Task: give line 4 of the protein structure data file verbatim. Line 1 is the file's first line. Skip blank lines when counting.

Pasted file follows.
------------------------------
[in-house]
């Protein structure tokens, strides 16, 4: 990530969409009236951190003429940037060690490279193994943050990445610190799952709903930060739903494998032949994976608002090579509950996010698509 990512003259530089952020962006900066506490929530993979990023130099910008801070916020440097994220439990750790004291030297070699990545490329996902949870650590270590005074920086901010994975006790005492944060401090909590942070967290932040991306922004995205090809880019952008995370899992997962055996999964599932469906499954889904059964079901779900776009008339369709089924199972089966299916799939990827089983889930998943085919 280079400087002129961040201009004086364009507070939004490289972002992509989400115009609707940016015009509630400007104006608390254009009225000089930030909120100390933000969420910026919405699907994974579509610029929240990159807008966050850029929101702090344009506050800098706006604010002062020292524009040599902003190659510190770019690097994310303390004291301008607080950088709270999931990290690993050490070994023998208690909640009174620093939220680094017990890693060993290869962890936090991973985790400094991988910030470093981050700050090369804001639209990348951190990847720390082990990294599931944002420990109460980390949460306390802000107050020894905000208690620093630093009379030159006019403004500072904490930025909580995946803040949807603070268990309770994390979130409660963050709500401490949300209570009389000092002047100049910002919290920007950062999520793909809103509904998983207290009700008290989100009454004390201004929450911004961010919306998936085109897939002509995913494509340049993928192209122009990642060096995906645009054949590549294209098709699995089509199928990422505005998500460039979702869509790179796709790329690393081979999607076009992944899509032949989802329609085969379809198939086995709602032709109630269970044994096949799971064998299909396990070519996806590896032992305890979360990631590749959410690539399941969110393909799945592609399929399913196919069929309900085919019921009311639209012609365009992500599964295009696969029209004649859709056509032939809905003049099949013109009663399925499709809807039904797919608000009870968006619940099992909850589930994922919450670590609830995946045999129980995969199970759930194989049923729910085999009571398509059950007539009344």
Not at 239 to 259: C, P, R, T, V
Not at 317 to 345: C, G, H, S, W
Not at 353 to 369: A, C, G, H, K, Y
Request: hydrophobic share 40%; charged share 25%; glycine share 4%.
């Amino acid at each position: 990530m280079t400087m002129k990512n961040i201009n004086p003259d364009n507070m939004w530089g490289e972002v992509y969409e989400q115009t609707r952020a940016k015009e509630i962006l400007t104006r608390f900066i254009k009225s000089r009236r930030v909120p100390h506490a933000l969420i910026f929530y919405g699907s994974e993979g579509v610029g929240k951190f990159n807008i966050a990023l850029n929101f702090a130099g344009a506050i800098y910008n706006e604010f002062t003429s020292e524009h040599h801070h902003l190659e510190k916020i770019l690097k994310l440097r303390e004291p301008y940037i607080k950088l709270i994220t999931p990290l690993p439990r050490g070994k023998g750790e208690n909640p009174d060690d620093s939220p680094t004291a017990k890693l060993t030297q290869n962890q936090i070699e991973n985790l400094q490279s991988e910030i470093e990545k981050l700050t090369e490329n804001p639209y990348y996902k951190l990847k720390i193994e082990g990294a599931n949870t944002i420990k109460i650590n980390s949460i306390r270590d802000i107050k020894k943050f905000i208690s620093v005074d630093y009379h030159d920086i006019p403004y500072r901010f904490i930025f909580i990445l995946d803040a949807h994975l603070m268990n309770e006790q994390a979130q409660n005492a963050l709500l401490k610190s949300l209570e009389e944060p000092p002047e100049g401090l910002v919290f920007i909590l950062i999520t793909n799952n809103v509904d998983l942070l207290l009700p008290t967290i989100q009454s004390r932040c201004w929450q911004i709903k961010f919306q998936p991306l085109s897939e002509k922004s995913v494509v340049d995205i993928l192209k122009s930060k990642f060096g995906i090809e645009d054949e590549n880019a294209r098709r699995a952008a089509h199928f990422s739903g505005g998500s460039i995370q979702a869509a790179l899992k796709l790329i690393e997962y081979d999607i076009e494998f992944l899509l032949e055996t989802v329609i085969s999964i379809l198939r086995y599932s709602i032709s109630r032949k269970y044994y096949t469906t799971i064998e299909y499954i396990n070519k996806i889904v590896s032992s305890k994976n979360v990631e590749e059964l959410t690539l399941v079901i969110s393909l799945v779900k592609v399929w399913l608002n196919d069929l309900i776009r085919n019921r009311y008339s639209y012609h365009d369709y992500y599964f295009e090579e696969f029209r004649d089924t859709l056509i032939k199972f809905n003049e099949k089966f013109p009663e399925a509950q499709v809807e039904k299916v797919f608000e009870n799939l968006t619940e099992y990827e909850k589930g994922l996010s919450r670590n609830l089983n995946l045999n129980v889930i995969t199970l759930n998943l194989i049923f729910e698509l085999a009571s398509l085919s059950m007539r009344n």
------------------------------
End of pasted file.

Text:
Not at 317 to 345: C, G, H, S, W